# Tutor profile: Moaz A.

## Questions

### Subject: Physics (Newtonian Mechanics)

Can you derive Newton's third law out of the second law? What does it really means?

The answer is yes, the third law could be derived if you imagined coplanar forces acting on an imaginary circle with mass $m=0$. Newton’s second law states that the sum of the external forces is equal to $m \frac{dp}{dt}$, that means $\Sum F-{ext} = 0$ in our case as $m=0$. Now, take a specific example, assume only two forces acting on the system, when $\Sum F_{ext} =0$ that means $F_1+F_2 = 0$ which is know as Newton's third law. This could be written as well as $dp_1/dt+dp_2/dt$ (Newton’s second law again applied to each of them) this is the statement of conservation of momentum which is another way to think about the third law.

### Subject: Physics (Electricity and Magnetism)

When KVL is applicable?

KVL or kirchoff Voltage loop is applicable as long as there is a conservative field in the system e.g. electric field. Where the sum of the potential along a closed loop is equal to zero.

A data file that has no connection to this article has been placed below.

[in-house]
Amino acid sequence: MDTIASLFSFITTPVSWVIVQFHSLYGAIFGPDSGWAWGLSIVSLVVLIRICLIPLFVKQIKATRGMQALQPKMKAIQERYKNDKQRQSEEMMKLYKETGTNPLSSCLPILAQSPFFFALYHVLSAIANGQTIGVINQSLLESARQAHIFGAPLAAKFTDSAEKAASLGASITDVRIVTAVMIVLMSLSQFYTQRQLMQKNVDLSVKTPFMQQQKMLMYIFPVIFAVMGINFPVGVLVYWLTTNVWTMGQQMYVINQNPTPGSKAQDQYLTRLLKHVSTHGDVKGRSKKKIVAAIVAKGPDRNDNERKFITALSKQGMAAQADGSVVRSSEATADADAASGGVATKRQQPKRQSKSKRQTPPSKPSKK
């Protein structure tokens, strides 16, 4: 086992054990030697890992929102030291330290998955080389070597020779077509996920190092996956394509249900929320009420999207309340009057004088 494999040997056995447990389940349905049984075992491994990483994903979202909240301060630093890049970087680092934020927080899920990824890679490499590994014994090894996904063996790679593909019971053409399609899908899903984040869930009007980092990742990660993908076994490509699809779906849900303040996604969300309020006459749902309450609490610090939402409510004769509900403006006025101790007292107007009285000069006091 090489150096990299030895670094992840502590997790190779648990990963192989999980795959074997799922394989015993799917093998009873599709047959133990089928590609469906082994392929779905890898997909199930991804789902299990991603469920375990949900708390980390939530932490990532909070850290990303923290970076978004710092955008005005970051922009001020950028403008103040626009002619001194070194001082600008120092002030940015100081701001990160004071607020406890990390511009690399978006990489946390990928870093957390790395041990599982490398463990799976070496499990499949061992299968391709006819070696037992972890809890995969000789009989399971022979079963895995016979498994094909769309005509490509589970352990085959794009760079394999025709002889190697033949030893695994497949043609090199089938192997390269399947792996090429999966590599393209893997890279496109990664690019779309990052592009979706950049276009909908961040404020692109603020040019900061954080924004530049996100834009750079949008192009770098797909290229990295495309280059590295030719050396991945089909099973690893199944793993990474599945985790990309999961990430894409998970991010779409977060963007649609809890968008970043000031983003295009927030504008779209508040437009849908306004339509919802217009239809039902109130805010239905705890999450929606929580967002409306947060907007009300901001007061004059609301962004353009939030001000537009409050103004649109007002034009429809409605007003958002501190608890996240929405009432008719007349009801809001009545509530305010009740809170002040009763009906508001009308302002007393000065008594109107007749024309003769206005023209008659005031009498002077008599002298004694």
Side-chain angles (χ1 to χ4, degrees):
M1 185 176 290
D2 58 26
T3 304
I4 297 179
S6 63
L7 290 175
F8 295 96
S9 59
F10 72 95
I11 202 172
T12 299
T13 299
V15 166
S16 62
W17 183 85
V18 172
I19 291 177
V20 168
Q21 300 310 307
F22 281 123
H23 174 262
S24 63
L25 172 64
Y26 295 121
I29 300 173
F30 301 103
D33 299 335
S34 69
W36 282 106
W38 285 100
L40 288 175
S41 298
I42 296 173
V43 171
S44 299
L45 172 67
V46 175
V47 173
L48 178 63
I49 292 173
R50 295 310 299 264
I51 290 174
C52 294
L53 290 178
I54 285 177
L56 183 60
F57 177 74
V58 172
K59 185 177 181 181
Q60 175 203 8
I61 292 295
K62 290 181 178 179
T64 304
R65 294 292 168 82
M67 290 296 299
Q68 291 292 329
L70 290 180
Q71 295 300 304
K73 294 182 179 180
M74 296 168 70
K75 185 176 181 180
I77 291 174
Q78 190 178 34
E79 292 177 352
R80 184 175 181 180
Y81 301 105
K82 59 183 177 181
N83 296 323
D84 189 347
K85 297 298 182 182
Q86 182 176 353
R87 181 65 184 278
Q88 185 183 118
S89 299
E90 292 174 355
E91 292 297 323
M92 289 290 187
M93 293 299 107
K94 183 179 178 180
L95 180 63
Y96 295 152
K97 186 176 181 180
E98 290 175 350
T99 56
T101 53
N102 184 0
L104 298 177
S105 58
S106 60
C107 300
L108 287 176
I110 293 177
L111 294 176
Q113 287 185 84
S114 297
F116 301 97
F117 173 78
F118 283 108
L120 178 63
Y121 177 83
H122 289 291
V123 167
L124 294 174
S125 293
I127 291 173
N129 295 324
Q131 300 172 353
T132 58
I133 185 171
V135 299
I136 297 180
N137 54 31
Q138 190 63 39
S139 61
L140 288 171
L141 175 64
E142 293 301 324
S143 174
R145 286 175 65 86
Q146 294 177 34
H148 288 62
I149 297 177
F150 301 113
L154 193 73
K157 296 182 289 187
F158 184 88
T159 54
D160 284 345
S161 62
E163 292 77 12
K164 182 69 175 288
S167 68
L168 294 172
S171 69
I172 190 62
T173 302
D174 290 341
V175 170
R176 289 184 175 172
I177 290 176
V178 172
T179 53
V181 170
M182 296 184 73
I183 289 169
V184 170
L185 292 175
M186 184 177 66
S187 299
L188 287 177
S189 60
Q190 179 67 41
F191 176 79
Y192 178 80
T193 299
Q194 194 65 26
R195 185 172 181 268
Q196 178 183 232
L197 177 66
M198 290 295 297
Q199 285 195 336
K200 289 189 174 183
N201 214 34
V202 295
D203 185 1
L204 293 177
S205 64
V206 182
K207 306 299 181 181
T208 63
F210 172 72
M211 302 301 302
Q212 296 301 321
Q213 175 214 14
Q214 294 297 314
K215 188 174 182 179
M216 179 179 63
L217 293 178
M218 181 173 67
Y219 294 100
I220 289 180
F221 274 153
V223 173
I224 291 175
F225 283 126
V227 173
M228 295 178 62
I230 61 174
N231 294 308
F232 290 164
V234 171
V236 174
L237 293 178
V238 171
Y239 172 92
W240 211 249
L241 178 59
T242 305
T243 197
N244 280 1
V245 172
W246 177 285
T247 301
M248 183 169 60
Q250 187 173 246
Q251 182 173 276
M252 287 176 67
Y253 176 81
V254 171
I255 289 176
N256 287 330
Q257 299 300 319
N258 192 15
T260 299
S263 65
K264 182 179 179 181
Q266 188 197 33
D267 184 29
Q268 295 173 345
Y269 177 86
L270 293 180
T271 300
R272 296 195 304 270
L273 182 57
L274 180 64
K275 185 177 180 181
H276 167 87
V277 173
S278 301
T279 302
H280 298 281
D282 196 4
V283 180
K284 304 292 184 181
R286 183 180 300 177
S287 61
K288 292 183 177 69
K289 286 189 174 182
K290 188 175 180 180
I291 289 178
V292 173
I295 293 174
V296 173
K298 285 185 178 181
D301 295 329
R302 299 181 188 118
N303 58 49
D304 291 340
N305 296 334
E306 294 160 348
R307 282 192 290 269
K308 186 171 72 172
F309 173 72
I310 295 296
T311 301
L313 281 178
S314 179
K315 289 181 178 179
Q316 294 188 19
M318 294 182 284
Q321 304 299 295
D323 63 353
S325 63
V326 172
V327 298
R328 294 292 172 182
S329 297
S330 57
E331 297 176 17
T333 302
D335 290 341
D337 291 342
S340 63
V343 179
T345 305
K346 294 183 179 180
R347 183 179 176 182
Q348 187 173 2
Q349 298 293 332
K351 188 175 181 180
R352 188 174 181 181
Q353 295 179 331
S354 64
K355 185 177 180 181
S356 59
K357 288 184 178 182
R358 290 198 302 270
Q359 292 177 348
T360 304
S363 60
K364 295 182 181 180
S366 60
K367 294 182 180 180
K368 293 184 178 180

### Subject: Physics

If light source has a wavelength of 171 $\mathrm{nm} $ and intensity of $359$ Watts, and the work function of this metal is $12\times 10^{-19}\:\mathrm{J}$, get the maximum KE of the emitted electrons? Room temperature is $25^\circ \mathrm{C}$.

\begin{equation*} KE_{max} = \frac{hc}{\lambda} - W = 7.2 eV - 7.5 eV = -0.3 eV \end{equation*} Negative KE means that no electrons are emitted.

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